If you’re looking for the next great business or job opportunity, then it’s vital that you keep your wits about you. Many people fall prey to pyramid schemes because they are determined to make money fast or achieve business success, but might not have the insight necessary to spot a pyramid scheme from a legitimate business. In order to help you avoid becoming a victim of shady practices, here are the signs of pyramid selling to look out for:

  • Your income is based mainly on the number of people you recruit and the money those new recruits pay, rather than the sales of products or services to consumers
  • The scheme involves selling goods and services that hold little value. They will tend to be goods and services that only serve to promote the scheme, such as information booklets
  • There is an upfront joining fee or a large initial investment
  • You’re asked to buy lots of inventory or stock
  • You’re forced to purchase other things you don’t want or need just so you can stay on good terms with the company
  • You’re not selling products or services to the general public, but instead signing up new members and selling to them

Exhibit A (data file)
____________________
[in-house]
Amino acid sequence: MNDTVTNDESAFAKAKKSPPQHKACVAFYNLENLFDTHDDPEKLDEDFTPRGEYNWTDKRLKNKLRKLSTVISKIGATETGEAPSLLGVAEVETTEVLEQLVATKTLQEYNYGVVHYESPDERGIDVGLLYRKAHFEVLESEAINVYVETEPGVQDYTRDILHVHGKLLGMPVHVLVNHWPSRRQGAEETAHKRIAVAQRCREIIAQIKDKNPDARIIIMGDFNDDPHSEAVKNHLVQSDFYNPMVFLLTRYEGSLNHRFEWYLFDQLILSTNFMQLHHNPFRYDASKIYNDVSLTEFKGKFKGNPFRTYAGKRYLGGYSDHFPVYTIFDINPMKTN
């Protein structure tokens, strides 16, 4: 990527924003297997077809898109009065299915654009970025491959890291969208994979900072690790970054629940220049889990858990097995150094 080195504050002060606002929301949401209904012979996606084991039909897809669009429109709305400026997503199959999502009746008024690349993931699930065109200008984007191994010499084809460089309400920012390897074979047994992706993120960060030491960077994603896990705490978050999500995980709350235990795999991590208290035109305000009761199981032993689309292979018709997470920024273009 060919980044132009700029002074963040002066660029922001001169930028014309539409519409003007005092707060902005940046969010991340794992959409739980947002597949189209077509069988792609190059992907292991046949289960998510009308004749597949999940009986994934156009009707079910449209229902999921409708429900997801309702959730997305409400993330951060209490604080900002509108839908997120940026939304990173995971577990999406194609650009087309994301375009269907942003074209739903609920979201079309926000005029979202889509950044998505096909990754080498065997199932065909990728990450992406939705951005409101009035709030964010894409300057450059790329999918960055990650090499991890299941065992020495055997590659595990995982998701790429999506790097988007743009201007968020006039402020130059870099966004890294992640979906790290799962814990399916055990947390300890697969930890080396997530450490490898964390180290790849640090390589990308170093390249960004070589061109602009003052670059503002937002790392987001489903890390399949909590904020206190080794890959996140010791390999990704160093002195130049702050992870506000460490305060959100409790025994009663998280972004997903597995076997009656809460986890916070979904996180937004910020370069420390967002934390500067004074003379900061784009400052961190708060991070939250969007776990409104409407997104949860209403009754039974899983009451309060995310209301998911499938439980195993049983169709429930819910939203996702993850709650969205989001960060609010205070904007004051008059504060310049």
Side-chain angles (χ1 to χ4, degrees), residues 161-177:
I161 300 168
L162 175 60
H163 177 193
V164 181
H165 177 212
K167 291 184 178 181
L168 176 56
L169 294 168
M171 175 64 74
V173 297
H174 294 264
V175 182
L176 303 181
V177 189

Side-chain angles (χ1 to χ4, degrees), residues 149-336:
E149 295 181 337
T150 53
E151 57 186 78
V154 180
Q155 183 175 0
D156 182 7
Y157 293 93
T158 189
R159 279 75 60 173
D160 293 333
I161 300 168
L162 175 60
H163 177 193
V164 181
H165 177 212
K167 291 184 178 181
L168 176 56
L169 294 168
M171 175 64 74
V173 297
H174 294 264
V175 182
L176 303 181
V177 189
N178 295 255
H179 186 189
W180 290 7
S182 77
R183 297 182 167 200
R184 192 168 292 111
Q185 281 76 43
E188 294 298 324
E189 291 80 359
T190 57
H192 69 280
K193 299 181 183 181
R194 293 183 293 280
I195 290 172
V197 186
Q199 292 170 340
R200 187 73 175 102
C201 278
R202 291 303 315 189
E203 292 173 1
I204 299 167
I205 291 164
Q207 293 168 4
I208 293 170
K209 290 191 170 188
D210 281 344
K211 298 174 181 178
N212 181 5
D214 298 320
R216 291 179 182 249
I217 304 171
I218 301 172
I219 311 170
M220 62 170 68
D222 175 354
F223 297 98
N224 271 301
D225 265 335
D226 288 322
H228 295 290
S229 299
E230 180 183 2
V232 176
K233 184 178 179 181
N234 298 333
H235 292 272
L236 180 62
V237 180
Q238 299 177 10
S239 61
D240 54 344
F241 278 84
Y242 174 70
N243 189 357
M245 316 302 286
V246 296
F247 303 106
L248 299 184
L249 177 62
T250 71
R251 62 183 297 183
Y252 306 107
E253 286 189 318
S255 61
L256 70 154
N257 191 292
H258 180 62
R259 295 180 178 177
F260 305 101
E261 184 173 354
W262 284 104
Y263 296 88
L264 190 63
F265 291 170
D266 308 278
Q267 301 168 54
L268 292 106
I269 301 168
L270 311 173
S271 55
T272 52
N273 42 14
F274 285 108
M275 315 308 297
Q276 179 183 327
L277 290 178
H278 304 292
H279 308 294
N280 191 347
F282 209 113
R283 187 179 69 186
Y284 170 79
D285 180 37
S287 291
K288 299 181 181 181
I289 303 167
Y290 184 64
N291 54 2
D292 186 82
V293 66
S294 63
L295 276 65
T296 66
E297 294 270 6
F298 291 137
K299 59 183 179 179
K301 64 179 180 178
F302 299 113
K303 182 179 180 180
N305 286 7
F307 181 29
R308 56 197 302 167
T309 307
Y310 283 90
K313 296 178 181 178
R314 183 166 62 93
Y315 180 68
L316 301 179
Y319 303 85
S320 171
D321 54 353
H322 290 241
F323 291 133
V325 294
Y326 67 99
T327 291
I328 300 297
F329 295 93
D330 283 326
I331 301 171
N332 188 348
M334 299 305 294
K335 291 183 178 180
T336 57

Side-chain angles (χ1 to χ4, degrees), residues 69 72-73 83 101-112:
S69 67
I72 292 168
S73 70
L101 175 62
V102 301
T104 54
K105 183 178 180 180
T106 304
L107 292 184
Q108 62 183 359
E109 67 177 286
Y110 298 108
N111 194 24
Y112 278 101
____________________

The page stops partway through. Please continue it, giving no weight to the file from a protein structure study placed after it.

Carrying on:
Pyramid schemes vs. multi-level marketing


Multi-level marketing (MLM) works in a similar way to pyramid schemes but they are quite different (and for this reason, legal). It’s crucial to know the distinction between the two since many businesses that appear to use MLM may, in fact, be involved in pyramid selling.

Like pyramid schemes, MLM depends on recruiting new members to become distributors of a product or service. As an MLM consultant, contractor, or distributor (they are varying names for essentially the same role), you make money by selling products or services to other MLM participants.

You also make money by signing up other MLM participants to become a part of your programme. There are usually bonuses for the number of products you sell and the number of new members you recruit.

Unlike MLM, the sole purpose of a pyramid scheme is to pocket your money and then convince you to recruit other members. The point of MLM, on the other hand, is to actually sell valuable products and services to people. The general idea that drives MLM is that the large network you have of distributors, the more products and services you can sell.

The easiest way to tell the difference between MLM and pyramid selling is that the focus of the former is on product sales, whereas the latter is more greatly focused on recruitment. In addition, legitimate MLM companies do not demand large start-up costs or initial investments from new members.

Make sure to keep these tips and insights in mind when you’re unsure about the legitimacy of a job position or business. Paying attention to the ethics and legality of business practices is essential if you want to achieve long-term success and maintain your professional integrity.


Sam Woolfe writes for Inspiring Interns. He is particularly interested in self-development, psychology, mental health, and the future of work. Most of all, though, Sam is passionate about helping people find work that is meaningful and fulfilling. You can follow him on Twitter and find more of his work at www.samwoolfe.com.